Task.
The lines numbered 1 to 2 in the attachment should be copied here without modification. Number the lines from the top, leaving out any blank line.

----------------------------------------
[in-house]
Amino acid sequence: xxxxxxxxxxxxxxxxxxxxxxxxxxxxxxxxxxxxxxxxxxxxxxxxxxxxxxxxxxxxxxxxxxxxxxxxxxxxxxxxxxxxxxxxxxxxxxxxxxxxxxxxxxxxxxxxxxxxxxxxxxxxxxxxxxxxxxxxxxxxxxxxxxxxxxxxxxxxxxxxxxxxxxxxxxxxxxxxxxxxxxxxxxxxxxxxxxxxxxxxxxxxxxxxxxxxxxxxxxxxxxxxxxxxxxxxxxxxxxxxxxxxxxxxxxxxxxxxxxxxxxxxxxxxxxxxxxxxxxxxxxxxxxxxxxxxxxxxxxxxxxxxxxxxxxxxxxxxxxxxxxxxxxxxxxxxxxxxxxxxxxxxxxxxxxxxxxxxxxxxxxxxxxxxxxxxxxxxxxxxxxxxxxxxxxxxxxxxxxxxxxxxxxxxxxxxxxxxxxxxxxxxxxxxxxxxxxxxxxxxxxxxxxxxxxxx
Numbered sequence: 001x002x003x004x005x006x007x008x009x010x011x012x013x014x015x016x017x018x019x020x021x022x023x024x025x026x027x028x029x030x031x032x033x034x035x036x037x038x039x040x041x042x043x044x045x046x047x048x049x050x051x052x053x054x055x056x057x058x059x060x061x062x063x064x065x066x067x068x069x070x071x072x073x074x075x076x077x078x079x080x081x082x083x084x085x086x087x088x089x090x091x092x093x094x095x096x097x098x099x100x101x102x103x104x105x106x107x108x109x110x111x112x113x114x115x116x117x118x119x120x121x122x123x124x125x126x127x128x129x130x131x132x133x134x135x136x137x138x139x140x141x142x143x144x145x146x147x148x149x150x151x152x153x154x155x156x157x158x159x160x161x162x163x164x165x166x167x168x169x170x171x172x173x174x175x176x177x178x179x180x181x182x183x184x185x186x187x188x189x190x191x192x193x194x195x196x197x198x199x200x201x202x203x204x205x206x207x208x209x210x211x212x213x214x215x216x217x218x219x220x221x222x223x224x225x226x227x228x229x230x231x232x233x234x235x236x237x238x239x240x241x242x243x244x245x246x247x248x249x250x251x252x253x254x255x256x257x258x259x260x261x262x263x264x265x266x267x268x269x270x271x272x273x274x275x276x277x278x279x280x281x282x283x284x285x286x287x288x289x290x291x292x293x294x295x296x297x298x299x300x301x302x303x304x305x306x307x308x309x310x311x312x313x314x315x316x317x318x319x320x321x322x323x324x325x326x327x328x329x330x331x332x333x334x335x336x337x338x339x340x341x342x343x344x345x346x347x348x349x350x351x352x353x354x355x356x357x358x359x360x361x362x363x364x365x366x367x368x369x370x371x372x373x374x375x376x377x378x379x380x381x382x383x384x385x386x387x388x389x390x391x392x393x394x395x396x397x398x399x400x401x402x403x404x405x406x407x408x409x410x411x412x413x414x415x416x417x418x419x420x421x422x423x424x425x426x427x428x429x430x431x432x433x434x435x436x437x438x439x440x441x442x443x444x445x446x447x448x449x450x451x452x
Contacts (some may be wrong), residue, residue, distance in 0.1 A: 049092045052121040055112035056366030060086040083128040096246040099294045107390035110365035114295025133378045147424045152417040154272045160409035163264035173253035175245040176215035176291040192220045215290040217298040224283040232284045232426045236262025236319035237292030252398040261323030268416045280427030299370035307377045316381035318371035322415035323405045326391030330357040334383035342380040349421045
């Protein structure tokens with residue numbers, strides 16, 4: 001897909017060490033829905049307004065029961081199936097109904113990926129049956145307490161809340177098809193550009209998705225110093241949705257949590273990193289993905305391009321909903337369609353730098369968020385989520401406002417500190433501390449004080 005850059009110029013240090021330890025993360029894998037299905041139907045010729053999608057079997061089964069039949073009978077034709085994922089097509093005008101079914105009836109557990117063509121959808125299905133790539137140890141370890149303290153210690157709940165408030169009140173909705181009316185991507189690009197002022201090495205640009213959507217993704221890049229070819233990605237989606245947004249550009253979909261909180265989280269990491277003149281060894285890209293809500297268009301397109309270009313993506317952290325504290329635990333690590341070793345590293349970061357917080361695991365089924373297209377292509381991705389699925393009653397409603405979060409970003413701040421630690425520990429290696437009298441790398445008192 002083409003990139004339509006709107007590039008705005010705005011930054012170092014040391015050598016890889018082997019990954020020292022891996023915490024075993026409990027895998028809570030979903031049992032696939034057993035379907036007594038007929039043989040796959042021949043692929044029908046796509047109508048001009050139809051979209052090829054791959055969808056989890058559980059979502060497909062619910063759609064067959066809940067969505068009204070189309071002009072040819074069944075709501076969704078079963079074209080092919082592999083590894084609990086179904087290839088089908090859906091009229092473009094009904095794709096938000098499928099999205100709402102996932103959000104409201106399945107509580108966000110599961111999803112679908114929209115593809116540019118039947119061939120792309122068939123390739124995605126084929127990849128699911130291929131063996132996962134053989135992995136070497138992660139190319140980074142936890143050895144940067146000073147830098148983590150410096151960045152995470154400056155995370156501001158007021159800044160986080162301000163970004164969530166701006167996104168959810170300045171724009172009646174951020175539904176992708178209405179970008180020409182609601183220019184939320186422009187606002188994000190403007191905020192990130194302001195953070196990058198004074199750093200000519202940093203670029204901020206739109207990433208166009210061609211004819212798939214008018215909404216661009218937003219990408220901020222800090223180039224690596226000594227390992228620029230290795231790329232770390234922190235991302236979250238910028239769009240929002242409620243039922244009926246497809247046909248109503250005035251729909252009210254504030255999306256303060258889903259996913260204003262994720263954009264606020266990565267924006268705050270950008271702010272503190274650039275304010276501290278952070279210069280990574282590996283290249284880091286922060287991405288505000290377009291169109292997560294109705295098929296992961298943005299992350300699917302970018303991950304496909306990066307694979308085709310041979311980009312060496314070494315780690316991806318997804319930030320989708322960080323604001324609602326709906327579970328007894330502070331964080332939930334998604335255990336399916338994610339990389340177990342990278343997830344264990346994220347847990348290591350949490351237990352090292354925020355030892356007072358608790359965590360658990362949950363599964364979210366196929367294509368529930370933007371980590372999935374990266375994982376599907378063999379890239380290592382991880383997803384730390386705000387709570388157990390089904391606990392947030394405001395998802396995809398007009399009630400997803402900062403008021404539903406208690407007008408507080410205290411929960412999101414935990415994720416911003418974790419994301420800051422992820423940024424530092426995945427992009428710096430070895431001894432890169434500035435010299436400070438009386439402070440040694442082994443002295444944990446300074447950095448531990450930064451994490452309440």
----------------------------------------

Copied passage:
[in-house]
Amino acid sequence: xxxxxxxxxxxxxxxxxxxxxxxxxxxxxxxxxxxxxxxxxxxxxxxxxxxxxxxxxxxxxxxxxxxxxxxxxxxxxxxxxxxxxxxxxxxxxxxxxxxxxxxxxxxxxxxxxxxxxxxxxxxxxxxxxxxxxxxxxxxxxxxxxxxxxxxxxxxxxxxxxxxxxxxxxxxxxxxxxxxxxxxxxxxxxxxxxxxxxxxxxxxxxxxxxxxxxxxxxxxxxxxxxxxxxxxxxxxxxxxxxxxxxxxxxxxxxxxxxxxxxxxxxxxxxxxxxxxxxxxxxxxxxxxxxxxxxxxxxxxxxxxxxxxxxxxxxxxxxxxxxxxxxxxxxxxxxxxxxxxxxxxxxxxxxxxxxxxxxxxxxxxxxxxxxxxxxxxxxxxxxxxxxxxxxxxxxxxxxxxxxxxxxxxxxxxxxxxxxxxxxxxxxxxxxxxxxxxxxxxxxxxxxxxxxxxx